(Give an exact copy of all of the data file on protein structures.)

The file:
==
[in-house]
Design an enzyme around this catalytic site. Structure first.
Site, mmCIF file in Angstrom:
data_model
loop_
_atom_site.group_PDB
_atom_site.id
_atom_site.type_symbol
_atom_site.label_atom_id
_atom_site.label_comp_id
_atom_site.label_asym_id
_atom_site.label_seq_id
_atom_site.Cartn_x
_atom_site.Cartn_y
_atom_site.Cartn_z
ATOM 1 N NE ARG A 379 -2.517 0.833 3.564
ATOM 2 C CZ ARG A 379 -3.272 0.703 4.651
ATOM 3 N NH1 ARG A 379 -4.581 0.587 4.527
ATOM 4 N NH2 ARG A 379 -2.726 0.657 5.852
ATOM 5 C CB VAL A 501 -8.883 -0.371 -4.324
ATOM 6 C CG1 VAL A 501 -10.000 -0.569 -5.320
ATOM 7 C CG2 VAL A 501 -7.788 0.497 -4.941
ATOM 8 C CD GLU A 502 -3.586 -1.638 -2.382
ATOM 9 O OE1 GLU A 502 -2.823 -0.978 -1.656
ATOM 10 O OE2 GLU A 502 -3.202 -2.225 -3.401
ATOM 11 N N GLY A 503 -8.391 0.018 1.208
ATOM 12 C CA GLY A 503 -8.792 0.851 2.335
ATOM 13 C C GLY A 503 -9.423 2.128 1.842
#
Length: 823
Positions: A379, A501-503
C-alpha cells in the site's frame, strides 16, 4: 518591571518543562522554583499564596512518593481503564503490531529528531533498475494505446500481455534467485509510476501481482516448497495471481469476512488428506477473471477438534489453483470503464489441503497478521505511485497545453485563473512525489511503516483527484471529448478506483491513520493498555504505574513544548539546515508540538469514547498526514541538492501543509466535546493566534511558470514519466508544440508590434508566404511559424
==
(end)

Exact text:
[in-house]
Design an enzyme around this catalytic site. Structure first.
Site, mmCIF file in Angstrom:
data_model
loop_
_atom_site.group_PDB
_atom_site.id
_atom_site.type_symbol
_atom_site.label_atom_id
_atom_site.label_comp_id
_atom_site.label_asym_id
_atom_site.label_seq_id
_atom_site.Cartn_x
_atom_site.Cartn_y
_atom_site.Cartn_z
ATOM 1 N NE ARG A 379 -2.517 0.833 3.564
ATOM 2 C CZ ARG A 379 -3.272 0.703 4.651
ATOM 3 N NH1 ARG A 379 -4.581 0.587 4.527
ATOM 4 N NH2 ARG A 379 -2.726 0.657 5.852
ATOM 5 C CB VAL A 501 -8.883 -0.371 -4.324
ATOM 6 C CG1 VAL A 501 -10.000 -0.569 -5.320
ATOM 7 C CG2 VAL A 501 -7.788 0.497 -4.941
ATOM 8 C CD GLU A 502 -3.586 -1.638 -2.382
ATOM 9 O OE1 GLU A 502 -2.823 -0.978 -1.656
ATOM 10 O OE2 GLU A 502 -3.202 -2.225 -3.401
ATOM 11 N N GLY A 503 -8.391 0.018 1.208
ATOM 12 C CA GLY A 503 -8.792 0.851 2.335
ATOM 13 C C GLY A 503 -9.423 2.128 1.842
#
Length: 823
Positions: A379, A501-503
C-alpha cells in the site's frame, strides 16, 4: 518591571518543562522554583499564596512518593481503564503490531529528531533498475494505446500481455534467485509510476501481482516448497495471481469476512488428506477473471477438534489453483470503464489441503497478521505511485497545453485563473512525489511503516483527484471529448478506483491513520493498555504505574513544548539546515508540538469514547498526514541538492501543509466535546493566534511558470514519466508544440508590434508566404511559424